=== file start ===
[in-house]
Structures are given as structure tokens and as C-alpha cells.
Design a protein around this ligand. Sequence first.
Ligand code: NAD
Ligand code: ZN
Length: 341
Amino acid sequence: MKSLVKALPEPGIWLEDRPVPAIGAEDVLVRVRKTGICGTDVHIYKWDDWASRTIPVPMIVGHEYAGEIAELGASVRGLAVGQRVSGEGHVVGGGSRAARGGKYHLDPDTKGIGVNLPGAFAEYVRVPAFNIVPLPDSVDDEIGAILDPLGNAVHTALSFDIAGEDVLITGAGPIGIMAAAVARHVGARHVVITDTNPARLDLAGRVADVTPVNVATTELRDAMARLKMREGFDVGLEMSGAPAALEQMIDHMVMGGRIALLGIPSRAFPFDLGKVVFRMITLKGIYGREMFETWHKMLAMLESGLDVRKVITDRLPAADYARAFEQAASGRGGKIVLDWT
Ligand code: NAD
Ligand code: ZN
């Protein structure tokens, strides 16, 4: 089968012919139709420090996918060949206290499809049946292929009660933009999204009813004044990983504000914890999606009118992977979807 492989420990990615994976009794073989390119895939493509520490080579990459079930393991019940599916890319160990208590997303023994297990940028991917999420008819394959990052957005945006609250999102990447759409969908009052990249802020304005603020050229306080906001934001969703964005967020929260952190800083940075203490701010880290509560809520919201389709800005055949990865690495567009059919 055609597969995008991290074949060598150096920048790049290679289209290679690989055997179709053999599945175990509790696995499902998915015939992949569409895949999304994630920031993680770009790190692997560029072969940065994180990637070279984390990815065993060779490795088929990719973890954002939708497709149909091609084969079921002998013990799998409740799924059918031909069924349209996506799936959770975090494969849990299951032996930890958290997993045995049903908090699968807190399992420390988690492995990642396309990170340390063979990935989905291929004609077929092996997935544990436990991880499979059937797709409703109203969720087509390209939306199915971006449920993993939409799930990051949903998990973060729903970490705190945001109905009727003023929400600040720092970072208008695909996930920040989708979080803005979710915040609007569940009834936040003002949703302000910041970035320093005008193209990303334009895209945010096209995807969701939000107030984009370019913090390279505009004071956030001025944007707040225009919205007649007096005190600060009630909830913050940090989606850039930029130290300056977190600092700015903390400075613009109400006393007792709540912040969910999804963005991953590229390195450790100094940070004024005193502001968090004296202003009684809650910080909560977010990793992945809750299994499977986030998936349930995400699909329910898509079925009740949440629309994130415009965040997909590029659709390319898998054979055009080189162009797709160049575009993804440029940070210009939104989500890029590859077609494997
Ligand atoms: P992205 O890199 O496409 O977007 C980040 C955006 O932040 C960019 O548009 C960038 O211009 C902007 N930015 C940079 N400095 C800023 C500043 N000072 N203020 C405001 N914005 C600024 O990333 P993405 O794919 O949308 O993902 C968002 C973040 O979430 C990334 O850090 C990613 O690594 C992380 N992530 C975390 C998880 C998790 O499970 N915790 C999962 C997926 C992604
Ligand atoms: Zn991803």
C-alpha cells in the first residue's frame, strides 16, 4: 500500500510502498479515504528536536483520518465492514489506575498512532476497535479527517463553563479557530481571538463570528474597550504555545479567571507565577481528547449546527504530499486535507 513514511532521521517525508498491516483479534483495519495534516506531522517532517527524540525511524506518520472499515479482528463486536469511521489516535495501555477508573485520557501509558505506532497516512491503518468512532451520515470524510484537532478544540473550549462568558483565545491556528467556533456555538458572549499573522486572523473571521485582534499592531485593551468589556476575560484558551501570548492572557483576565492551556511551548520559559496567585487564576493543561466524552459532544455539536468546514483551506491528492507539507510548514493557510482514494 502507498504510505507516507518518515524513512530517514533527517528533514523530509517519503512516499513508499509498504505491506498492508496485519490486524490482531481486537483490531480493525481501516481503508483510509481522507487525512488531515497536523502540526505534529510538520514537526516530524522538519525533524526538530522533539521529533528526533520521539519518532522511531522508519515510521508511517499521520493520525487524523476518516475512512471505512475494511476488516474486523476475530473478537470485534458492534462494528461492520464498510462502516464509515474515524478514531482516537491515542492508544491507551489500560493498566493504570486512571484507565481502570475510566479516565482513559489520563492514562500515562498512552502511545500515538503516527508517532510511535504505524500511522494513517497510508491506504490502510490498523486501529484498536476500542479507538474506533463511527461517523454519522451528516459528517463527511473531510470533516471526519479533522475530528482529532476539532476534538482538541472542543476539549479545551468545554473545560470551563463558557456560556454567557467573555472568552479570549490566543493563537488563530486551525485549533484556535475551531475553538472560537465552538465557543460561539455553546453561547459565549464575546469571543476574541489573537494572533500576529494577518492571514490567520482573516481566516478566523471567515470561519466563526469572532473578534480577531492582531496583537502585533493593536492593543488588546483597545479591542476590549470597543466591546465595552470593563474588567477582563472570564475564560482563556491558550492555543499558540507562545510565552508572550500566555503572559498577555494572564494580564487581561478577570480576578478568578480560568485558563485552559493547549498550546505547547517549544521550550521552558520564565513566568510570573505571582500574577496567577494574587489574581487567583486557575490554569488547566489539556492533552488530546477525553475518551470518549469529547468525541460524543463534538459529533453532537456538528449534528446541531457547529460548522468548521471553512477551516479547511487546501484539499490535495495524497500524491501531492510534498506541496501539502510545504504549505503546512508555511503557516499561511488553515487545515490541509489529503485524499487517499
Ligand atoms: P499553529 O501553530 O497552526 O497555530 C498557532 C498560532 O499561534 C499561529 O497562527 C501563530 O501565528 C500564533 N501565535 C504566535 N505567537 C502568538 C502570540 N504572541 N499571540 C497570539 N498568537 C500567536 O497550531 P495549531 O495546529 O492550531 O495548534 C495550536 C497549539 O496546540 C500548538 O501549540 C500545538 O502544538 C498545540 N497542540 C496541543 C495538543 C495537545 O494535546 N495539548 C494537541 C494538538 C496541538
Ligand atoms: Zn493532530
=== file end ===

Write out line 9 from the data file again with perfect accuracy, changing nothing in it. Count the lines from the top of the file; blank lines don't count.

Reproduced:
Ligand code: ZN